But you should check your contracts with Cloud-based providers to ensure that they have the capability for your policies to be implemented. It would be frustrating to say the least, to implement a seven-year retention policy, only to find that data is not actually removed when that period expires and as a result becomes legitimately subject to discovery.
These modern platforms will assist you with retention policies for data being generated now and in the future. However, what about the legacy data that reside in archives, file servers and backups? This constitutes the so-called Dark Data that we posit will provide the greatest challenges and headaches and that may lead to the blunt instrument of retaining or removing it all!
How do you even start to assess this legacy estate? As suggested earlier, it is a considerable task and overhead in terms of time and money, which has no immediate perceived operational value, but absolutely should be top of mind for compliance, risk and legal officers and ultimately the C-suite.
Tooling and solutions are now coming to market which assist with this sometimes monumental task. Solutions which can provide the missing management layer over legacy LOB systems and additionally allow you to both qualify and quantify the data for retention and either manage it in place or move it once and for all into more cost-effective and more appropriate long-term storage.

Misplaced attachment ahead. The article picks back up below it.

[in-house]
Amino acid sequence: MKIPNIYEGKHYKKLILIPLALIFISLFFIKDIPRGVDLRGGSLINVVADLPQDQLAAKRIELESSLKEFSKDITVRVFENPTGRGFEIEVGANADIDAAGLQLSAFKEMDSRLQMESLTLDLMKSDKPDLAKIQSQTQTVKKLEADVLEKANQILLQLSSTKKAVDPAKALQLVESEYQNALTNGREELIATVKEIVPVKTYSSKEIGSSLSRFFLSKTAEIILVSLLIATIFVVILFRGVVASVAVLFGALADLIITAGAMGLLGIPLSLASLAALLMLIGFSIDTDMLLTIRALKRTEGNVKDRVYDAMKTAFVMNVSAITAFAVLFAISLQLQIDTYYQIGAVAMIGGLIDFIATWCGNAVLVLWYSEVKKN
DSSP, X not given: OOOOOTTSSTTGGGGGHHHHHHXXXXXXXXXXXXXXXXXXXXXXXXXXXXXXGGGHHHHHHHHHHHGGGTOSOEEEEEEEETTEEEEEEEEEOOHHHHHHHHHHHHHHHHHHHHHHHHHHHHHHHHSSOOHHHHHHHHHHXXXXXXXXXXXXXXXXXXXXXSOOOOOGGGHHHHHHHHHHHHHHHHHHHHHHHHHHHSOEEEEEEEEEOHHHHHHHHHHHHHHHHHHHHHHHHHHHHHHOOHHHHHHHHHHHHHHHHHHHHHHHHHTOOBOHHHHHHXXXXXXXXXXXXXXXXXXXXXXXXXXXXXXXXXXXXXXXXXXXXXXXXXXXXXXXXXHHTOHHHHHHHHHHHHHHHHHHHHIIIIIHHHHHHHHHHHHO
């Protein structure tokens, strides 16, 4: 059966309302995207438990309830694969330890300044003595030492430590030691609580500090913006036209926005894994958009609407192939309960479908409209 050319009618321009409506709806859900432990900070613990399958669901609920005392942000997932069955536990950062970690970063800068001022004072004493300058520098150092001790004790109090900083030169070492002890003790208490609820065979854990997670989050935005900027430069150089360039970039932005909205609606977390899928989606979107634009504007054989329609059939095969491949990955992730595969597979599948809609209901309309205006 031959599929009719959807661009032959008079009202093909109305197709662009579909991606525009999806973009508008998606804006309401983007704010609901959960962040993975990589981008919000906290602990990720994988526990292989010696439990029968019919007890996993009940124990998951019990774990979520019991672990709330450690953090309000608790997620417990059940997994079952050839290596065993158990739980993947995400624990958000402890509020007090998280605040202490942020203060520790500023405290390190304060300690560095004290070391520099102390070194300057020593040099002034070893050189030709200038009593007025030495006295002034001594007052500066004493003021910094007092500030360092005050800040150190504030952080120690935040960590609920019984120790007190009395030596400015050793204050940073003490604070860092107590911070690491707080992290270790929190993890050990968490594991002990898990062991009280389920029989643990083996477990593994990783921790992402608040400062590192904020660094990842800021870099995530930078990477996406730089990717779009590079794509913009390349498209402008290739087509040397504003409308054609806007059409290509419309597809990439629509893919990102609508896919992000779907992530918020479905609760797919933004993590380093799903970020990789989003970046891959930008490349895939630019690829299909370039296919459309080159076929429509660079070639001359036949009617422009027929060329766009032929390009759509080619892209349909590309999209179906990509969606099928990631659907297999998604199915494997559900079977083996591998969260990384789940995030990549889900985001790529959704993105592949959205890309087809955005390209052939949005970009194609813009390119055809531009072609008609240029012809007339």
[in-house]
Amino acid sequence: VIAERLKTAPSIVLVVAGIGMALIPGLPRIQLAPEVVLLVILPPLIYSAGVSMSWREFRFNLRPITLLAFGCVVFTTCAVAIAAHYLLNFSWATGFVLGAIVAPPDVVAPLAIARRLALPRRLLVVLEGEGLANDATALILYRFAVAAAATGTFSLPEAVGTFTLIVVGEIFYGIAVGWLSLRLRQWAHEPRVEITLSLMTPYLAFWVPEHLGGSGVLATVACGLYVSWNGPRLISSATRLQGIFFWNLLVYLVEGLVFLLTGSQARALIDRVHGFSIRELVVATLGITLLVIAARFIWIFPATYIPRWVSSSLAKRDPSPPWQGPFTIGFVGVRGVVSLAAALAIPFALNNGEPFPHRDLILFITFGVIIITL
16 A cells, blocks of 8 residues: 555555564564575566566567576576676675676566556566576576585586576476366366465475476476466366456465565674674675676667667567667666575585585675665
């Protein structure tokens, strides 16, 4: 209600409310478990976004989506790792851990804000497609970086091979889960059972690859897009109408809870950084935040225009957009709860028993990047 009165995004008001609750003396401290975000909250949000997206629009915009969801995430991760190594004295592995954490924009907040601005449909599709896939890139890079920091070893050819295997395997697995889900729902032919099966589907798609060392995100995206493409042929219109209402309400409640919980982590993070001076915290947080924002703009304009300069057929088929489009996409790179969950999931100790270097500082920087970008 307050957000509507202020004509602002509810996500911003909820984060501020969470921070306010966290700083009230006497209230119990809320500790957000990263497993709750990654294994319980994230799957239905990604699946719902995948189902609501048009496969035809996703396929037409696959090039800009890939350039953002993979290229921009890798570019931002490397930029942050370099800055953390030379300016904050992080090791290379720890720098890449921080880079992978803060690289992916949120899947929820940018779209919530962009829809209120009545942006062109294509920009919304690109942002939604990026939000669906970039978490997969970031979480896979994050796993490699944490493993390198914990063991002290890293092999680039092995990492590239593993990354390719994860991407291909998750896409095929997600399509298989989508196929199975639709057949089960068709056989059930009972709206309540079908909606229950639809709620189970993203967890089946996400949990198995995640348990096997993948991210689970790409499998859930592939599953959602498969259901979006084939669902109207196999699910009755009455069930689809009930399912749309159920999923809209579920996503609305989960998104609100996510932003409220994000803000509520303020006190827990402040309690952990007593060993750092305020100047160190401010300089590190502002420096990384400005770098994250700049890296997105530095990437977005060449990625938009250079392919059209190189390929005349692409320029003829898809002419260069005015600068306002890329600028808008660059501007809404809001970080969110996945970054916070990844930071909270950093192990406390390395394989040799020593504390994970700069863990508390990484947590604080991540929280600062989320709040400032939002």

Data that you’re retaining for compliance reasons is likely to be for long periods and needs to be immutable (i.e. stored with confidence that it cannot be subsequently manipulated). It’s also highly likely that it will rarely, if ever, be accessed or even queried, until its disposition. That may not be quite the case for knowledge assets but if you’ve conducted your assessment of their real value realistically and assigned retention policies accordingly, I suspect it would hold true.
Retaining data for the long term within LOB applications is not a hugely practical or desirable solution. For a start, it may well ‘bloat’ the system, slow it down and impact the performance for active data transactions. It may also be an expensive way to keep the data (i.e. in terms of storage, licensing and maintenance) and as mentioned previously, the system may not even have disposition capabilities.
And we can say with confidence that whatever you do decide to keep, make sure you’re only keeping it once! Duplicating information would be a little short of madness in terms of cost and other overheads.